History of Our World

The Image as Rememberance | Giovanni Chiaramonte & Andrei Tarkovsky

Posted in Art, Film, Photography, Print by R on January 31, 2010

Civitavecchia, March 19, 1982

Civitavecchia, March 19, 1982

Bagno Vignoni, 1979-1982

Bagno Vignoni, 1979-1982

Bagno Vignoni, 1979-1982

Just outside Citta Ducale, ‘Church in the Water’, November 1982


An instantaneous mirror of memory, every photograph leaves a motionless trace of what has been, a fixed imprint of something that is no longer what it was before,a silent simulacrum of someone who has disappeared forever from our field of vision. And, as a simple act of remembering, the photograph seems to testify only to the disappearance and death of people and of the feelings that bind us to them, of things and of places where they belong.

Seen in this way, the act of remembrance is the recording of information imposed on the mind by exterior reality, according to the linear logic of necessity, the inexorable law of nature, the Euclidean mechanism of cause and effect that structures and governs human history in the shape of tragedy. The artist Tarkovsky says, must be ‘capable of going beyond the limitations of coherent logic, and conveying the deep complexity and truth of the impalpable connections and hidden phenomena of life’,* the deep complex truth of a life in which he was raised as the heir of one of the greatest poets of the generation of Pasternak, Mandekshtam, Akhmatova and Tsvetaeva.

For the poet Arseny Tarkovsky, Andrei’s father, ‘death does not exist/ we are all immortal/ and everything is immortal. At Seventeen/ one should not fear death, nor at seventy./ Being and light alone have reality, darkness and death have no existence,/ We are all already on the shore of the sea/ and are among those who drag the nets/ while immortality gleams beside them./ Live in the house and it will not fall down./ I shall call forth any century at all,/ to enter into it and build my house./ This is how your children and wives/ will sit with me at the table,/ One sole table for ancestor and descendant./ The future is happening now.’*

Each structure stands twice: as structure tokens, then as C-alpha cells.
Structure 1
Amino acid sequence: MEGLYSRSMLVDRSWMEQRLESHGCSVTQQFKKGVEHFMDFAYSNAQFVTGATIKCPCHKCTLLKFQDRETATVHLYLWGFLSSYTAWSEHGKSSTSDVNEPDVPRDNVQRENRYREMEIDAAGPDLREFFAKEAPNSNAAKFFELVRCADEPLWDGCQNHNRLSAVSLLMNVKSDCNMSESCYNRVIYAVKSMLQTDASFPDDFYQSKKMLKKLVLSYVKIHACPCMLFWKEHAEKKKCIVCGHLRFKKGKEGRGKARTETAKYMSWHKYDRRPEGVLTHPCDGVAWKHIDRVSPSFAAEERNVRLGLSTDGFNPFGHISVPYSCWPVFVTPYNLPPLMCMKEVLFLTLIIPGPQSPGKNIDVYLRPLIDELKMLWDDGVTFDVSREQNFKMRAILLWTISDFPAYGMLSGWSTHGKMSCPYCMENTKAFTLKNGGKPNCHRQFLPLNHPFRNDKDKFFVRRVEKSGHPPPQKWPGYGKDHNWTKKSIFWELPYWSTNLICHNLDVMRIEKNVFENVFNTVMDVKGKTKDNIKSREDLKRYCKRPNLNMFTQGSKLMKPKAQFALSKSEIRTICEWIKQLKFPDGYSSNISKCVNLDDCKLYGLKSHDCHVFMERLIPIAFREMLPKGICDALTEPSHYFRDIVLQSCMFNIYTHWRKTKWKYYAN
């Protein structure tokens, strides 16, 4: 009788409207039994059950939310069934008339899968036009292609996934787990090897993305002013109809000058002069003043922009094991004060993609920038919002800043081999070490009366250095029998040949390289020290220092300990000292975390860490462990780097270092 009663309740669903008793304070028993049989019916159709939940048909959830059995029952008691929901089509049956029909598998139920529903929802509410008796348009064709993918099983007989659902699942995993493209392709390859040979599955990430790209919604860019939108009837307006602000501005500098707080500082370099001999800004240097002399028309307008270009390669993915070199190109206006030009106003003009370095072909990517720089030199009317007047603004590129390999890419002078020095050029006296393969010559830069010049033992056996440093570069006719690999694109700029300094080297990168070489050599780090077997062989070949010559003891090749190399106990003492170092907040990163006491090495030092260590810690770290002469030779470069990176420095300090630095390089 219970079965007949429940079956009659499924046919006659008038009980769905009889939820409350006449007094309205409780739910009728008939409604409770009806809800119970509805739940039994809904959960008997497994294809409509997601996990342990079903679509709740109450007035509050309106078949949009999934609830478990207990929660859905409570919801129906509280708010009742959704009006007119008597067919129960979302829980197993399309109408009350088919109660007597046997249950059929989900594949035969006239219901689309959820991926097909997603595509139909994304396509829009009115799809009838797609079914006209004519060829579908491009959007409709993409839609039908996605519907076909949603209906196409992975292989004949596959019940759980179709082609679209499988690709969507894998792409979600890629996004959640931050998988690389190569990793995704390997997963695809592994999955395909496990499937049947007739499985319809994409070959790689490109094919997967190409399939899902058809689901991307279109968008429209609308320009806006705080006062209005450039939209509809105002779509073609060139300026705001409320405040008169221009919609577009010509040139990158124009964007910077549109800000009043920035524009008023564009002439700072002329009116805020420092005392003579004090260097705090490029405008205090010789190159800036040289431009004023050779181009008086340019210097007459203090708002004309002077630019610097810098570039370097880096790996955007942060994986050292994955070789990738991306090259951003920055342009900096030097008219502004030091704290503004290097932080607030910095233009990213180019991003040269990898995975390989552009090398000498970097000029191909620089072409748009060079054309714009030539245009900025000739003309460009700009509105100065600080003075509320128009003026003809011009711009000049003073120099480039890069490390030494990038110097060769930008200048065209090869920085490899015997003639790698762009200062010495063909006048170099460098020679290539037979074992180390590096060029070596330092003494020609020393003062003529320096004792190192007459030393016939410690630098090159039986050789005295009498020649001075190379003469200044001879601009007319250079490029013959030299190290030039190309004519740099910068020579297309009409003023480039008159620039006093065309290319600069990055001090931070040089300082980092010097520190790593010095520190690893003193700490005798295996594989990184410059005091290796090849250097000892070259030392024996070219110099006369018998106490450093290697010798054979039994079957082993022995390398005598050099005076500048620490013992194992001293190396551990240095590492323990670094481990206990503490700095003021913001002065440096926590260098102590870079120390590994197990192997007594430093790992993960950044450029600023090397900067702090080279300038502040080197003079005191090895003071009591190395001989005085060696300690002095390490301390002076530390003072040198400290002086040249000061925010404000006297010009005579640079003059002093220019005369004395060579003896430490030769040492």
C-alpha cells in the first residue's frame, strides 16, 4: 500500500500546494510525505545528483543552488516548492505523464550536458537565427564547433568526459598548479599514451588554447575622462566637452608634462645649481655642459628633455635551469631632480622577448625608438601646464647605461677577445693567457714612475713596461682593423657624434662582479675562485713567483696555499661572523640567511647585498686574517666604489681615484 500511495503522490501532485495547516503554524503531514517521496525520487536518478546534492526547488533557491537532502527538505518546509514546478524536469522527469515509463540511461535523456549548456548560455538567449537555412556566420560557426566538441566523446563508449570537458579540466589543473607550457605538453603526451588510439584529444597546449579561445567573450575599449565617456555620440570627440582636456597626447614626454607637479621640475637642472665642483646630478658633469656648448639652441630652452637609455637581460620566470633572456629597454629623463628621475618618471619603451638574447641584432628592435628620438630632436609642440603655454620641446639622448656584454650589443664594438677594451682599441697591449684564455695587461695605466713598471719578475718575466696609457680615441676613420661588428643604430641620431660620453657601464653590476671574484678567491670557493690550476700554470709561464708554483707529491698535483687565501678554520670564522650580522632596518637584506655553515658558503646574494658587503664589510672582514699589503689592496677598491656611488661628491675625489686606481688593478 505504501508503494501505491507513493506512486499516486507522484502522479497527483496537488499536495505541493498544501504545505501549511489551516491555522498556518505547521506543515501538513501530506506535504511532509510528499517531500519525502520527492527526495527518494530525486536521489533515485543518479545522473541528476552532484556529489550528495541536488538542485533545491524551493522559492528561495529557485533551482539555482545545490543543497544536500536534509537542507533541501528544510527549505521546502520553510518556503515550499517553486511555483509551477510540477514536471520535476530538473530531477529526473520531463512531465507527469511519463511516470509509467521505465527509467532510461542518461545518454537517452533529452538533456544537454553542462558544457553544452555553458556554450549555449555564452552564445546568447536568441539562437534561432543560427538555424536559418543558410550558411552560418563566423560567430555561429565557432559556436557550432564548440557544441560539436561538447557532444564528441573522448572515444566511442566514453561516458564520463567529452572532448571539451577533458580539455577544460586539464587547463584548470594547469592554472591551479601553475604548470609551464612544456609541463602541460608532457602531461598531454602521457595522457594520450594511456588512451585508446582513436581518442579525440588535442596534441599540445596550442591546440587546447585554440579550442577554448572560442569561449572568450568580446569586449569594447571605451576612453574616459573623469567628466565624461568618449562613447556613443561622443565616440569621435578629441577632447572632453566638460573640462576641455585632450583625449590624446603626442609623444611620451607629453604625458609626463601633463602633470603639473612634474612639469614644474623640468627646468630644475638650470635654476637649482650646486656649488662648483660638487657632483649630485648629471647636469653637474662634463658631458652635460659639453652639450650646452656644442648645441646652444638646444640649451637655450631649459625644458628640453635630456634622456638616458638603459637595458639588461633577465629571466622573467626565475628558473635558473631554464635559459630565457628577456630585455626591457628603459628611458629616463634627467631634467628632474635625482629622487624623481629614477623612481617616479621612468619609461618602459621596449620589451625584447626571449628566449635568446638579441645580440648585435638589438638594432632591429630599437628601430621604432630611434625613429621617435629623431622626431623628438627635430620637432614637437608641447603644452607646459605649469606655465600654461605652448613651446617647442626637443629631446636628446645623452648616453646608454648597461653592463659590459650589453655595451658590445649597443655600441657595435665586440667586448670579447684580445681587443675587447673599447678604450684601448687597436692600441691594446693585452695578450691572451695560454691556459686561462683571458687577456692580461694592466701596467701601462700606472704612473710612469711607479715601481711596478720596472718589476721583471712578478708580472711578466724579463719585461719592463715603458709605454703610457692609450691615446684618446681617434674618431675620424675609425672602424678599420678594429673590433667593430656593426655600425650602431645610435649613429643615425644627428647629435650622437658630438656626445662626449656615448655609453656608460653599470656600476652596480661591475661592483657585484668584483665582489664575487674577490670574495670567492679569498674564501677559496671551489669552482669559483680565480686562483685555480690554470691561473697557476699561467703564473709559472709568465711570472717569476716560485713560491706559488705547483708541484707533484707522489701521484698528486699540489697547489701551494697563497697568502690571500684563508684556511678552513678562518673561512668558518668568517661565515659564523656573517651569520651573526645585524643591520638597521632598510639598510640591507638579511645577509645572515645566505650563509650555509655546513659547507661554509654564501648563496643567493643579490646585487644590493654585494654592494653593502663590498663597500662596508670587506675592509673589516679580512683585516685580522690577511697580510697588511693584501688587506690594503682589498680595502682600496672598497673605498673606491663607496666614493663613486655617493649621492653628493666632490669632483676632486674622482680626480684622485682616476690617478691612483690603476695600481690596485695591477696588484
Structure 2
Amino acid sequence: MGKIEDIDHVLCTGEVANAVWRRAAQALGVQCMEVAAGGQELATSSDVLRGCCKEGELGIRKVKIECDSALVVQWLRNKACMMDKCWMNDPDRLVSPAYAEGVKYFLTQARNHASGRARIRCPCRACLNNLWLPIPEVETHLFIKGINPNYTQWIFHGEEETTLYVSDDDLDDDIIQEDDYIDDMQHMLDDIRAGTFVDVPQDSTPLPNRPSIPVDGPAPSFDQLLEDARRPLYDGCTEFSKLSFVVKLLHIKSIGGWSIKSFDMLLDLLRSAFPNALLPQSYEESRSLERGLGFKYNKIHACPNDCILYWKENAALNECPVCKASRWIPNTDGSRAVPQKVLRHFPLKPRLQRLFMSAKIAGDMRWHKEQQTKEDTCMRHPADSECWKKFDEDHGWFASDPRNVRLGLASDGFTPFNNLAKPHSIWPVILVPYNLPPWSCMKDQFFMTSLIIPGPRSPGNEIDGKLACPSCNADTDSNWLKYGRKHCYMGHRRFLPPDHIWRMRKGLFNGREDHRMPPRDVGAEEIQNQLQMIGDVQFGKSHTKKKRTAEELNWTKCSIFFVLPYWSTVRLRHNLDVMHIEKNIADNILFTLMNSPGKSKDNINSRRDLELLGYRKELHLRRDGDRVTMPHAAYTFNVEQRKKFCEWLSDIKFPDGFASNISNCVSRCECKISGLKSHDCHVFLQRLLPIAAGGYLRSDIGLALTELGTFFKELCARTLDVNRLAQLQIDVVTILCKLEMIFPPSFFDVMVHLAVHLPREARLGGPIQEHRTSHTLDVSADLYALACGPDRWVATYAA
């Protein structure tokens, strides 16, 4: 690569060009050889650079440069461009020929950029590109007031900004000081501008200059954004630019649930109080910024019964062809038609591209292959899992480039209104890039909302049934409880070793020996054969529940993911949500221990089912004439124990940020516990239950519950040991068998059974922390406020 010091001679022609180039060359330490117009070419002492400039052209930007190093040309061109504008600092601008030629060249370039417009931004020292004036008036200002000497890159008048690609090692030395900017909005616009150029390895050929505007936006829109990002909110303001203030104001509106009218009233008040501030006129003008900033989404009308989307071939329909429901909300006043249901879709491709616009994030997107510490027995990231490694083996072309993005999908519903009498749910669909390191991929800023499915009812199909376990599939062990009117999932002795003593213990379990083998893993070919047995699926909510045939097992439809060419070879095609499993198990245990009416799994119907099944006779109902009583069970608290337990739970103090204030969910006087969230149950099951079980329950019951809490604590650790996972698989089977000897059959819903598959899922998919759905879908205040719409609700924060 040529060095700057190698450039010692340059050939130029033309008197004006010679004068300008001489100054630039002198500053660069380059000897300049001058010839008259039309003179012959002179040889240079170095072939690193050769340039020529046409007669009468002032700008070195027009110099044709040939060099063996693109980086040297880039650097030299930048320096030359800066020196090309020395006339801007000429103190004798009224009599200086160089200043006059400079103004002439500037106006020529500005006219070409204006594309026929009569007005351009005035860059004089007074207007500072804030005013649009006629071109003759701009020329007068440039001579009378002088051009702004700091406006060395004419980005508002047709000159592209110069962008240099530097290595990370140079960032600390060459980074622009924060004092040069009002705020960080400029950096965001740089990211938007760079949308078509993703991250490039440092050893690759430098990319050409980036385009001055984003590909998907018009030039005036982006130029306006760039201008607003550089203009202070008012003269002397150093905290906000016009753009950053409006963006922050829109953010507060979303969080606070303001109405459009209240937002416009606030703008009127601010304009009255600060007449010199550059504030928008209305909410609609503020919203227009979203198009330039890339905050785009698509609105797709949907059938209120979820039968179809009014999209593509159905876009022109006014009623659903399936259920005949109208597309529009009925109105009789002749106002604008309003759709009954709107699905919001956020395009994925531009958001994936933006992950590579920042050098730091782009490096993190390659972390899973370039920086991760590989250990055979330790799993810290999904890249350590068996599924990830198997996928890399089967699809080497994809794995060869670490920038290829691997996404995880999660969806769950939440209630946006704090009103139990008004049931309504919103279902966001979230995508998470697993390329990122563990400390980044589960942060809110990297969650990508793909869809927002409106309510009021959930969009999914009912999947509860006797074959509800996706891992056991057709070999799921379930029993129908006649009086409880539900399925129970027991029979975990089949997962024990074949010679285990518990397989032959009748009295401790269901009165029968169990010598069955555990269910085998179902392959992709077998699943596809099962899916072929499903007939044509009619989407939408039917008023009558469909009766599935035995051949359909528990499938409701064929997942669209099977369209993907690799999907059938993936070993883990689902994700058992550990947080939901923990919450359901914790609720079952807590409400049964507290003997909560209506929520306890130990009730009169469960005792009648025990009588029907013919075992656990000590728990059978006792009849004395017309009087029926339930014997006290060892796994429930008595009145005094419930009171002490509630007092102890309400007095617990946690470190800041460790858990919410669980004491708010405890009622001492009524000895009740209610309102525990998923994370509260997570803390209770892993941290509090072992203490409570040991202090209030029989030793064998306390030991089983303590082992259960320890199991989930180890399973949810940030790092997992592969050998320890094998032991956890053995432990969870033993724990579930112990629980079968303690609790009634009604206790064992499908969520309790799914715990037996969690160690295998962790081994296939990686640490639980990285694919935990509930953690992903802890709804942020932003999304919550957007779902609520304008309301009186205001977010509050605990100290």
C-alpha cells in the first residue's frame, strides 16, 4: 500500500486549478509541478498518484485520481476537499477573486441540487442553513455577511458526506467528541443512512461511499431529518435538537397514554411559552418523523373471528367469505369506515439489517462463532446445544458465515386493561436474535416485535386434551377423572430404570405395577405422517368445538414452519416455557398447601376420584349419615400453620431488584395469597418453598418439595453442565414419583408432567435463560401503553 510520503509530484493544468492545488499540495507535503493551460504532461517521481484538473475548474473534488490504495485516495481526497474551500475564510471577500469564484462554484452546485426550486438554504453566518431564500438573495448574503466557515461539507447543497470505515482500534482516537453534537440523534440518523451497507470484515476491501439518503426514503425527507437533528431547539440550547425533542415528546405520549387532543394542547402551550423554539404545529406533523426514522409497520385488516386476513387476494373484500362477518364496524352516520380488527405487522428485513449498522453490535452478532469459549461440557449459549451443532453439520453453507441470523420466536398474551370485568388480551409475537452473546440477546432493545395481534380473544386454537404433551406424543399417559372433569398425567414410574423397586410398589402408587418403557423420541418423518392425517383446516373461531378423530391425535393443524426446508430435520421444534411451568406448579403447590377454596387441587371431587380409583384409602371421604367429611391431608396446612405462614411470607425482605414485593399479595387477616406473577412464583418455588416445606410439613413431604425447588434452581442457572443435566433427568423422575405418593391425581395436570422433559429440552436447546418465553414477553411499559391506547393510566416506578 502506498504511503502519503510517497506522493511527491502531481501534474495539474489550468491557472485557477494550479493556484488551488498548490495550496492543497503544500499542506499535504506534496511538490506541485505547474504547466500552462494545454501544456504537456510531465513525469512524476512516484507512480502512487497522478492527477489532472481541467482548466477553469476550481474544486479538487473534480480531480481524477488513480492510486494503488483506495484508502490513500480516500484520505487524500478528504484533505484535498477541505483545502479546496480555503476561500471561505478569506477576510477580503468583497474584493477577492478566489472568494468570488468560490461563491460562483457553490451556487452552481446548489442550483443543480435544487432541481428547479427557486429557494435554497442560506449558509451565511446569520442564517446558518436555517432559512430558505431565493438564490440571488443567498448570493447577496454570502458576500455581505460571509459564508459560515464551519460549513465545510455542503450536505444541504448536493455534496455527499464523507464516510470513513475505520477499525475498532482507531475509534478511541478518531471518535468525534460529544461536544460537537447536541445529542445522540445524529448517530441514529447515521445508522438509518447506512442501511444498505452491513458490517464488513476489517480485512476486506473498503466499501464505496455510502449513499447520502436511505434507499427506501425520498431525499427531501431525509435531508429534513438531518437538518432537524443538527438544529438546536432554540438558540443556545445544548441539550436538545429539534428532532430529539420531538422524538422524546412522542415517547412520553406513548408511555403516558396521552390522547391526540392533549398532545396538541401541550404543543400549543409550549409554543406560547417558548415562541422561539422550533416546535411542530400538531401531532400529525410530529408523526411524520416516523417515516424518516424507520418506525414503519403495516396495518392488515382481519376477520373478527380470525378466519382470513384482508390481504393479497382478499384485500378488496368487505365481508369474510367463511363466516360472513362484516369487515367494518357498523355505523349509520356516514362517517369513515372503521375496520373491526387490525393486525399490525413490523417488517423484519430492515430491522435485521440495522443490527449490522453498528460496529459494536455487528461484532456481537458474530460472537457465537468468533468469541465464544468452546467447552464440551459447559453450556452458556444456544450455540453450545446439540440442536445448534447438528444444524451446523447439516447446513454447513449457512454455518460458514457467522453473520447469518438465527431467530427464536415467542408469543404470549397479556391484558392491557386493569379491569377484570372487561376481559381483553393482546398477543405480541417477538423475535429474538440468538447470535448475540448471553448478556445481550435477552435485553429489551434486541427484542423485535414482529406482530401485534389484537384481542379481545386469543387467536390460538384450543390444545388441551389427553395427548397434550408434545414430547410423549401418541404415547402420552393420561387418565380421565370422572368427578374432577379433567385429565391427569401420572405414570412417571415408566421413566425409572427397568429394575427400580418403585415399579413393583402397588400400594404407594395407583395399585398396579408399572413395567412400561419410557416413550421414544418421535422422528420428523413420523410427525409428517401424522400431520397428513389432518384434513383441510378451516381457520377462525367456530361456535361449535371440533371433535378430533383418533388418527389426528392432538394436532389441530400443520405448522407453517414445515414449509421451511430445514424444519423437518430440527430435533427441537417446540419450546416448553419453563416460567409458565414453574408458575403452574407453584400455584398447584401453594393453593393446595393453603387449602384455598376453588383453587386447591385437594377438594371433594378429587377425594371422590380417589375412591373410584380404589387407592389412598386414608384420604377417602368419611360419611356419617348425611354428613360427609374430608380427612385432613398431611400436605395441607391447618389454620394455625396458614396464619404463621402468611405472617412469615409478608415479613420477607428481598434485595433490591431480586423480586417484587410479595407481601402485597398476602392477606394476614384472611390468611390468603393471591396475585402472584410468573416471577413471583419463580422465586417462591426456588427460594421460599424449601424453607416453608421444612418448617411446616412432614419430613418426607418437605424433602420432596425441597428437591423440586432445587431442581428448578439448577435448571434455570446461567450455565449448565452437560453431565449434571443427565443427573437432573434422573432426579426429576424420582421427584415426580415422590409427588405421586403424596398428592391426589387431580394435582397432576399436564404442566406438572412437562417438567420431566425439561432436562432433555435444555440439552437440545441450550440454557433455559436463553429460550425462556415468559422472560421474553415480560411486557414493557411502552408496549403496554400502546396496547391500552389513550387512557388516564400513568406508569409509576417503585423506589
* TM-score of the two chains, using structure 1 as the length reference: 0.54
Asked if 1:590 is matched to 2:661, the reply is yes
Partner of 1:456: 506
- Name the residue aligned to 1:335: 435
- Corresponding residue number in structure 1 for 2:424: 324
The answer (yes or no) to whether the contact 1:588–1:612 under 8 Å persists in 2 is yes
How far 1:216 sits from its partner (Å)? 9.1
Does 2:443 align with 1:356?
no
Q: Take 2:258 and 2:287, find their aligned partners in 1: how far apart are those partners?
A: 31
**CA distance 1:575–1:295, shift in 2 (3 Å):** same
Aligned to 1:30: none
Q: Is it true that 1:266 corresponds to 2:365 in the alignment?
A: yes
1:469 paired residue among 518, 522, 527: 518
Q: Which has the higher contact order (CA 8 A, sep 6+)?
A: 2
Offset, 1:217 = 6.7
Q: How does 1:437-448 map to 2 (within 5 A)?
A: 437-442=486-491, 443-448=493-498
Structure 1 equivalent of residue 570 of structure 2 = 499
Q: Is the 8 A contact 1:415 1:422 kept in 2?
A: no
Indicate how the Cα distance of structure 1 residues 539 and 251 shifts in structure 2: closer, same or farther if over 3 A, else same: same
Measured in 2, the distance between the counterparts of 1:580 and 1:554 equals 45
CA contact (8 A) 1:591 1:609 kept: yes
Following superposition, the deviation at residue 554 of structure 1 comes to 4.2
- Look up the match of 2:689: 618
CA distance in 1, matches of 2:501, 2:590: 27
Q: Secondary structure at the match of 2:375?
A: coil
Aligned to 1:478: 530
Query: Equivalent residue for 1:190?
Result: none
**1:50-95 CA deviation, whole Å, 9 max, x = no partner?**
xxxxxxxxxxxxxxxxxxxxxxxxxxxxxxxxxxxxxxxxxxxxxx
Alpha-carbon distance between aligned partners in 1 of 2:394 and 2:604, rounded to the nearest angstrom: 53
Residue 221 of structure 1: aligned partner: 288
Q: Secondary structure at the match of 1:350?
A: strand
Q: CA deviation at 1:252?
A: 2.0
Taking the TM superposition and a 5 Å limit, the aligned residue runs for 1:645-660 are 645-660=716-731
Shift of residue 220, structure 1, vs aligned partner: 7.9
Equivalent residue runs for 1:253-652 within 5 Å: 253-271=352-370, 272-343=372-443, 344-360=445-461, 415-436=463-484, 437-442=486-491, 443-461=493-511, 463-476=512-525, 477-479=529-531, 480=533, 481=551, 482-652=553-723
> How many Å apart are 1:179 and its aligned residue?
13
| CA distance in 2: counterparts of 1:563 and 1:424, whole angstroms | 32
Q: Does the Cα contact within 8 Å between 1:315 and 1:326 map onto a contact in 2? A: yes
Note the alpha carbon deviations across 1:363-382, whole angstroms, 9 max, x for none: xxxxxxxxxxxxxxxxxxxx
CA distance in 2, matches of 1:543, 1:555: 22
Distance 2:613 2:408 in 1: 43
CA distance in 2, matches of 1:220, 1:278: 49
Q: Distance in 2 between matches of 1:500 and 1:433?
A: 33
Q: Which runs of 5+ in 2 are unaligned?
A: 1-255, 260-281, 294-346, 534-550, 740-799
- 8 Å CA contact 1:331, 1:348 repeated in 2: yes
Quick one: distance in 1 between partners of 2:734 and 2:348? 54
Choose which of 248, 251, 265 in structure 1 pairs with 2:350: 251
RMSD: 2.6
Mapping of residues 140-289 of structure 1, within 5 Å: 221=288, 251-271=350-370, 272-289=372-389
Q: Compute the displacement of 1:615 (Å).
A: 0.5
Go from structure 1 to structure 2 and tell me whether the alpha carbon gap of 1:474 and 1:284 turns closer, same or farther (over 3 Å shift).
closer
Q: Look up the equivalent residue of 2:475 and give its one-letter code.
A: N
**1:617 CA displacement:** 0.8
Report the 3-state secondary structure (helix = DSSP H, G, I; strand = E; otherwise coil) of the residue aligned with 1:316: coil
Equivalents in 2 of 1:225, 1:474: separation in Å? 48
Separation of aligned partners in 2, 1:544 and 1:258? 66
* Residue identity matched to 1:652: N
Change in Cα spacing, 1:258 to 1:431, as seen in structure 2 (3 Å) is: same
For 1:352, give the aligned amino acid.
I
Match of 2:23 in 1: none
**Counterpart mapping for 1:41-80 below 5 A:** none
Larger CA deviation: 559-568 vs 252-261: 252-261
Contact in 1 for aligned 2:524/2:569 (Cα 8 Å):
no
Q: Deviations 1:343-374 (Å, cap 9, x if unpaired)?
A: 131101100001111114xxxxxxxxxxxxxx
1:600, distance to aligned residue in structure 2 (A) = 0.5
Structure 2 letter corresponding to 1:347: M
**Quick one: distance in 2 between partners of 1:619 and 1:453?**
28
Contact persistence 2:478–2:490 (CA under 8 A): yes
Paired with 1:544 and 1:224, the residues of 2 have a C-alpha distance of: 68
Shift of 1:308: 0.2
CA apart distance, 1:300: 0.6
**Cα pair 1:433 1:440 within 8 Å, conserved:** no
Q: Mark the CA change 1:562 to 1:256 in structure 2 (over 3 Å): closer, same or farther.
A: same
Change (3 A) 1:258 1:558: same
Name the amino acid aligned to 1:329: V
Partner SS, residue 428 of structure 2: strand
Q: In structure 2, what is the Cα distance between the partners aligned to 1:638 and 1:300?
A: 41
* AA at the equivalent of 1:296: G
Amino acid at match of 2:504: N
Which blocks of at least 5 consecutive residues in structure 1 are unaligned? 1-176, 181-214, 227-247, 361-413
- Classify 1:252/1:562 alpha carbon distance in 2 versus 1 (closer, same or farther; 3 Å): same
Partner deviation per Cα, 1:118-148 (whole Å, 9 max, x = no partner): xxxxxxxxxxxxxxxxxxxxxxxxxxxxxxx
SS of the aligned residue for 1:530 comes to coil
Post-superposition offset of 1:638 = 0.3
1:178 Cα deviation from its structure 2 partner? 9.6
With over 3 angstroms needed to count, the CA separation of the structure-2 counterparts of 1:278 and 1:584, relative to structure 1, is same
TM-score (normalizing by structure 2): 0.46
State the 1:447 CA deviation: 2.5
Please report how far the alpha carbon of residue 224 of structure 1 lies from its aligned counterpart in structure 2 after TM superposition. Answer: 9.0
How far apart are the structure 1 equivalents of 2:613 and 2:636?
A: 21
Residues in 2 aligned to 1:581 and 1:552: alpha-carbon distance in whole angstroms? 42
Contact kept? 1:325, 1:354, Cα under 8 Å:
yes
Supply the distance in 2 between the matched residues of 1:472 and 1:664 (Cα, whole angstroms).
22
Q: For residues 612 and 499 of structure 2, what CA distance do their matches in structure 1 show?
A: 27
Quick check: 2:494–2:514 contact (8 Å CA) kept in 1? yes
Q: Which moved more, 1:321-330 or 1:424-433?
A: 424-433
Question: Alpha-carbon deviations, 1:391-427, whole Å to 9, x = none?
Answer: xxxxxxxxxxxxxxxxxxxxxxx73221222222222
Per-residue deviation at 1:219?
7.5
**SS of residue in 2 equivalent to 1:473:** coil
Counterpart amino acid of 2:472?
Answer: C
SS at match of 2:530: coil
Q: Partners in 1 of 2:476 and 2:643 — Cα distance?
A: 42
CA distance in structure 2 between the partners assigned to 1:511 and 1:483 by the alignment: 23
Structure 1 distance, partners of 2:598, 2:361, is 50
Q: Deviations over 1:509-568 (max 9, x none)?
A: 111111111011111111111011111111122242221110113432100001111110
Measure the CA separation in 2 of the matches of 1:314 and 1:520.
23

Within this genealogy, Andrei Tarkovsky… believes that ‘an artistic image is one that ensures its own development. This image is a grain, a self-evolving retroactive organism. It is a symbol of actual life, as opposed to life itself. Life contains death. An image of life, by contrast, excludes it, or else sees in it a unique potential of the affirmation of life. Whatever it expresses – even destruction and ruin – the artistic image is by definition an embodiment of hope, it is inspired by faith. Artistic creation is by definition a denial of death. Therefore it is optimistic, even if in an ultimate sense the artist is tragic.’*

* Andrei Tarkovsky, Sculpting in Time, translated by Kitty Hunter-Blair, London, 1986

* Arseny Tarkovsky, ‘Life Life’, in La steppa [The Steppe], Pistoia, 1998

* Andrei Tarkovsky, Time Within Time: The Diaries 1970-1986, translated by Kitty Hunter-Blair, London, 1994

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Instant Light: Tarkovsky Polaroids

Edited by Giovanni Chiaramonte & Andrei Tarkovsky

Introduction by Tonino Guerra

Thames & Hudson

2004

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Giovanni Chiaramonte

Andrei Tarkovsky

R

The Image as Rememberance | Giovanni Chiaramonte & Andrei Tarkovsky

Posted in Art, Film, Photography, Print by R on October 28, 2009

Myasnoye, 1980_I

Myasnoye, 1980

Myasnoye, 1980_II

Myasnoye, 1980

Myasnoye, September 1980

Myasnoye, September 1980

Myasnoye, September 26, 1981_II

Myasnoye, September 26, 1981

Myasnoye, September 26, 1981_IV

Myasnoye, September 26, 1981

Myasnoye, September 26, 1981_I